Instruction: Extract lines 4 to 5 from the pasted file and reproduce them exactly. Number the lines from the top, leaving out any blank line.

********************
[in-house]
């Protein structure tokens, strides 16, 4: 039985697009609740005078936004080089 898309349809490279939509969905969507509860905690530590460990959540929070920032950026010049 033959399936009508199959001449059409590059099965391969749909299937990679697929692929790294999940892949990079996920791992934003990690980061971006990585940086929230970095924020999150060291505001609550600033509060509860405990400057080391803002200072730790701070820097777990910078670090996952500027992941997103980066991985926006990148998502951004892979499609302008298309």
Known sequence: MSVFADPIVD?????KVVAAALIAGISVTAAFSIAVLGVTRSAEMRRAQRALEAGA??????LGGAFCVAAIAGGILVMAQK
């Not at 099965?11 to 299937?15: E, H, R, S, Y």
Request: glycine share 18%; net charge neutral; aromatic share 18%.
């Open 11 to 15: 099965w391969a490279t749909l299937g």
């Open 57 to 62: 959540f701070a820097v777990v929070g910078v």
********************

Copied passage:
């Not at 099965?11 to 299937?15: E, H, R, S, Y």
Request: glycine share 18%; net charge neutral; aromatic share 18%.